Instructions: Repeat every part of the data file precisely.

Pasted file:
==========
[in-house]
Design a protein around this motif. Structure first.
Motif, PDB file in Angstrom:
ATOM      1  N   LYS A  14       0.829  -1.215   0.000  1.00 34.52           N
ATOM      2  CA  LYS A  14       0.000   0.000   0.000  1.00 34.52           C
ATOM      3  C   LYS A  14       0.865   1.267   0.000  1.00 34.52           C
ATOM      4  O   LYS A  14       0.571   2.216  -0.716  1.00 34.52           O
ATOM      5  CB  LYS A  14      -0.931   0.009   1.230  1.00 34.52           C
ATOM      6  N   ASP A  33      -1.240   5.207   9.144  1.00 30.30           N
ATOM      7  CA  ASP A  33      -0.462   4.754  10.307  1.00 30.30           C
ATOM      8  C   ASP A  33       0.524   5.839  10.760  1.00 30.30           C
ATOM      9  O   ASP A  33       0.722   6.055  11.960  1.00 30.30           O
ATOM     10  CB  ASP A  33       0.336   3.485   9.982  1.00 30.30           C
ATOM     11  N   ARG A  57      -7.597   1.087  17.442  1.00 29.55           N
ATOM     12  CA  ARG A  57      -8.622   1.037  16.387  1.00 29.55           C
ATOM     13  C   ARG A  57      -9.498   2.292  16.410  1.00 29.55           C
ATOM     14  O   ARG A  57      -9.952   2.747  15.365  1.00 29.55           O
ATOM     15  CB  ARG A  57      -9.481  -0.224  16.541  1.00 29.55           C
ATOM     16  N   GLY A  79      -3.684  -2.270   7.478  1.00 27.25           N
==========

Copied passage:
[in-house]
Design a protein around this motif. Structure first.
Motif, PDB file in Angstrom:
ATOM      1  N   LYS A  14       0.829  -1.215   0.000  1.00 34.52           N
ATOM      2  CA  LYS A  14       0.000   0.000   0.000  1.00 34.52           C
ATOM      3  C   LYS A  14       0.865   1.267   0.000  1.00 34.52           C
ATOM      4  O   LYS A  14       0.571   2.216  -0.716  1.00 34.52           O
ATOM      5  CB  LYS A  14      -0.931   0.009   1.230  1.00 34.52           C
ATOM      6  N   ASP A  33      -1.240   5.207   9.144  1.00 30.30           N
ATOM      7  CA  ASP A  33      -0.462   4.754  10.307  1.00 30.30           C
ATOM      8  C   ASP A  33       0.524   5.839  10.760  1.00 30.30           C
ATOM      9  O   ASP A  33       0.722   6.055  11.960  1.00 30.30           O
ATOM     10  CB  ASP A  33       0.336   3.485   9.982  1.00 30.30           C
ATOM     11  N   ARG A  57      -7.597   1.087  17.442  1.00 29.55           N
ATOM     12  CA  ARG A  57      -8.622   1.037  16.387  1.00 29.55           C
ATOM     13  C   ARG A  57      -9.498   2.292  16.410  1.00 29.55           C
ATOM     14  O   ARG A  57      -9.952   2.747  15.365  1.00 29.55           O
ATOM     15  CB  ARG A  57      -9.481  -0.224  16.541  1.00 29.55           C
ATOM     16  N   GLY A  79      -3.684  -2.270   7.478  1.00 27.25           N